“The Jaguar of Judah”

What troubled me most about Apocalypto was that it seemed like a movie of false promises: a grand historical epic, the journey of the hero, the exploration of the pageantry of a power in its decline, man’s inhumanity to man, the hope within exile, the terror of conquest. What we get is a National Geographic spectacle with some nods to a deeper theme. Hinting at the portrayal of the Mayan civilization in decline, Apocalypto could be the story of any great power in its decline, from Rome to America: a people in exile, a civilization in decline; a powerful warring, arrogant people, building testimonials to its greatness, fascinated by its ideas of beauty, focused on its entertainment, with both the religious and political leaders playing to their people. We see a country that is decadent, lazy, rich, and strong – yet rotting and dying from within. None of this imagery had eluded the movie’s director, Mel Gibson, who should know a thing or two about being in exile by now.

“What do you want?” –Jaguar Paw (Rudy Youngblood)

Apocalypto begins in a pre-Columbian Mayan village, with a tribe out on a hunting expedition, led by Flint Sky (Morris Birdyellowhead) and his son, Jaguar Paw. Their village is invaded by Others who delight in tormenting them. The survivors are trotted back to the home of these others, where they are further degraded. Then Jaguar Paw escapes and has to elude his tormentors as he makes his way back to rescue his wife. The time period and the setting are pretty much a red herring. With such a grand historical backdrop, we have little grasp of the players and the story is reduced to little more than a “Rambo of the Forest,” with the hope that the audience will be satisfied with the story of a family man who wants to get home.

Still, there are several issues that the movie touches upon, since the story of a people being kidnaped by another group of people, suffering through the passage to their destination, only to be sold on auction blocks has a special resonance with me.

We could start with an examination of the process of colonization, the forced absorbing of one people’s story by another. Again, the clearest way I can relate this to people is by telling the biblical story of Daniel. Many people are familiar with the story of Daniel in the lion’s den, but the back-story is what I’m interested in. The story is set against the exile of Israel. The Israelites were taken to a foreign land, not all of them, but their best and brightest young men. In effect, the exile robbed Israel of its brain trust, its future. Those men were in turn re-enculturated: indoctrinated with new language, new customs, even new names, in Jaguar Paw’s case, he was renamed “Almost”.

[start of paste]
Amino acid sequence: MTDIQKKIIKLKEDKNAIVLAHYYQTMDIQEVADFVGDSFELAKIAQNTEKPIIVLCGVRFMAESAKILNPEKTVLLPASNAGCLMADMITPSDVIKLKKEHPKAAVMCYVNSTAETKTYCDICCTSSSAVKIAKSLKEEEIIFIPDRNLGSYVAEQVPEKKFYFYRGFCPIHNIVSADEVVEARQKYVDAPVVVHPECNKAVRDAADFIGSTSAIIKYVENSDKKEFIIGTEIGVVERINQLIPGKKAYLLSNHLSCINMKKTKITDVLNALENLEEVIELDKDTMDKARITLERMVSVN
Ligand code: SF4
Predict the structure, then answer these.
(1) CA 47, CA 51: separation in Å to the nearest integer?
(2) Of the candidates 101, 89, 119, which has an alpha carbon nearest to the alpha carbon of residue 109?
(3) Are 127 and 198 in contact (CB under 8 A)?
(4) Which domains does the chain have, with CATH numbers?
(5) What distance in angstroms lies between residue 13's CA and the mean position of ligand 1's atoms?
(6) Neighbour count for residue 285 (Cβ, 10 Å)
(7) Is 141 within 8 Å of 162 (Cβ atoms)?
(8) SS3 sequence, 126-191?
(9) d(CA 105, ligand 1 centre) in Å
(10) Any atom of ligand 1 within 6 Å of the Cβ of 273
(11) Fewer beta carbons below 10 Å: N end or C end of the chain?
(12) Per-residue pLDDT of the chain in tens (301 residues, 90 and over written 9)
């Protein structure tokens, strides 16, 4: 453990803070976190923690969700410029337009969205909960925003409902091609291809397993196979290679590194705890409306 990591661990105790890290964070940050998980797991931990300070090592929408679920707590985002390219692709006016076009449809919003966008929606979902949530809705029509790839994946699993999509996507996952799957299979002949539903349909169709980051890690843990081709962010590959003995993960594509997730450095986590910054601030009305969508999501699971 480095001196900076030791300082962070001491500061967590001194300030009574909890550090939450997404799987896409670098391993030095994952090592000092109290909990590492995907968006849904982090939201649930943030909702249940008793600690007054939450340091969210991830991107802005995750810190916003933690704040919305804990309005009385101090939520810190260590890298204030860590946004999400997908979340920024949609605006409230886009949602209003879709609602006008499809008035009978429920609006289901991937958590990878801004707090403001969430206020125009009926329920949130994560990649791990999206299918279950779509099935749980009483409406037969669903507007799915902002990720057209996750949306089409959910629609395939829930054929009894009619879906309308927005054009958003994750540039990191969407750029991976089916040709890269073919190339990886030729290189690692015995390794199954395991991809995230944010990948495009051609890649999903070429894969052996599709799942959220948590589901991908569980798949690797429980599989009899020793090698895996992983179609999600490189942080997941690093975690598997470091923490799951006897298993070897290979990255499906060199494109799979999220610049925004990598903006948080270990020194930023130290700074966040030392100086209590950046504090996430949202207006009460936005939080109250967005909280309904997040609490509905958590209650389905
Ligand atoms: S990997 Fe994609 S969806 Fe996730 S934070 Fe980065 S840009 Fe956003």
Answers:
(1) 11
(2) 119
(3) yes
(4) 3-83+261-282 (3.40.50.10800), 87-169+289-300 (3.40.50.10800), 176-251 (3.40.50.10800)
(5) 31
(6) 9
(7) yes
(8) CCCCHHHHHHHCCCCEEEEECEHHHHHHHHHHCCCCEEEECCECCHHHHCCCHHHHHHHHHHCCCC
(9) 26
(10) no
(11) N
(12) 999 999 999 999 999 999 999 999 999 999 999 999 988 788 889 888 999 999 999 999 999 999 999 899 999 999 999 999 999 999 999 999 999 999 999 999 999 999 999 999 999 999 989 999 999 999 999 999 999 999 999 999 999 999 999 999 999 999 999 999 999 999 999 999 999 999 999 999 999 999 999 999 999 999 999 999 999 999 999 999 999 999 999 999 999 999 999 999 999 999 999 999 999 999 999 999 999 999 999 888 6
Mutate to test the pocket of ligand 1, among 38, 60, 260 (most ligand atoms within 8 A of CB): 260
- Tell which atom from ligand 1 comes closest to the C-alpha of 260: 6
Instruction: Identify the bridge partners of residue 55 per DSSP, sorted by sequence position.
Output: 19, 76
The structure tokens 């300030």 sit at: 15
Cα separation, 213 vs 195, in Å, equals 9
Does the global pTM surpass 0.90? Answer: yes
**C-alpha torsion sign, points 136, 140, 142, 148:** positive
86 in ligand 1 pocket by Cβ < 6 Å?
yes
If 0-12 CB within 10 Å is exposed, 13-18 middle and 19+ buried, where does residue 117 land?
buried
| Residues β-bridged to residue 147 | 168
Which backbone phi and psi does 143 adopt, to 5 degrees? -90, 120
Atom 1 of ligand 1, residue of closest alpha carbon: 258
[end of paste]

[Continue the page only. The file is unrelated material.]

Much of this stemming from fear.

“Fear is a sickness. It will crawl into the soul of anyone who engages it.” –Flint Sky

Fear stultifies the soul and manifests itself in a variety of many, many of which we see played out in our social landscape. We have a fear of “the other”. An aspect of colonialism is its conquest mentality that works by making other cultures less than human, debasing one while exalting the colonizer’s. Fear clouds our ability to see one another as Eikons, created in the image of God. Fear, this numbing of our souls, allows us to kill, torture, rape, and take one another into slavery. Slavery was not an institution new to America. The story of the human race is one of the strong oppressing the weak, cycles of violence that need to be broken.

“Behold him, reborn from mud and earth.” –prophetic little girl

If the story of the Bible is one of God slowly wooing humanity back to him, reaching us where we are dealing with us as we are, then that casts a new light on how we ought to view many of our Bible stories. Even in Apocalypto, there is a prophesy of a redeemer of sorts, signs and portents pointing to someone to bring an end to this old way of living.

God is the Great Emancipator, the freedom giver. Christ came as a Liberator; in Him there is neither slave nor free. The problem of evil is solved not in why does it exist, but in what God has done about it. God identifies with the poor and those in pain, liberating them from injustice. The promise of resurrection gives them hope and grounds to struggle for freedom. Christ’s mission was to free us from sin: individual sin and social sin. Suffering arising from the struggle for freedom is liberating, providing a vision of freedom. Our mission is to join with His and, as Jaguar Paw puts it, “seek a new beginning.”

Apocalypto’s tagline of “No one can outrun their destiny” promises much, but delivers little. Once again, history serves as Mel Gibson’s pallette allowing him to paint in his favorite colors, brutal violence inflicted on people, a tortured hero, thoroughly researched history and language, and a near-mythic hero. We see a continuation of Mel Gibson’s fascination with family men who become blood-soaked icons of righteousness by those who seek to oppress him and others. Braveheart. The Patriot. The Passion of the Christ. What we don’t get as clear a sense of is the “why?” As with The Passion of the Christ, none of the action is put into a context. What we have is a beautifully rendered action flick in the guise of an epic, and as such, disappoints.

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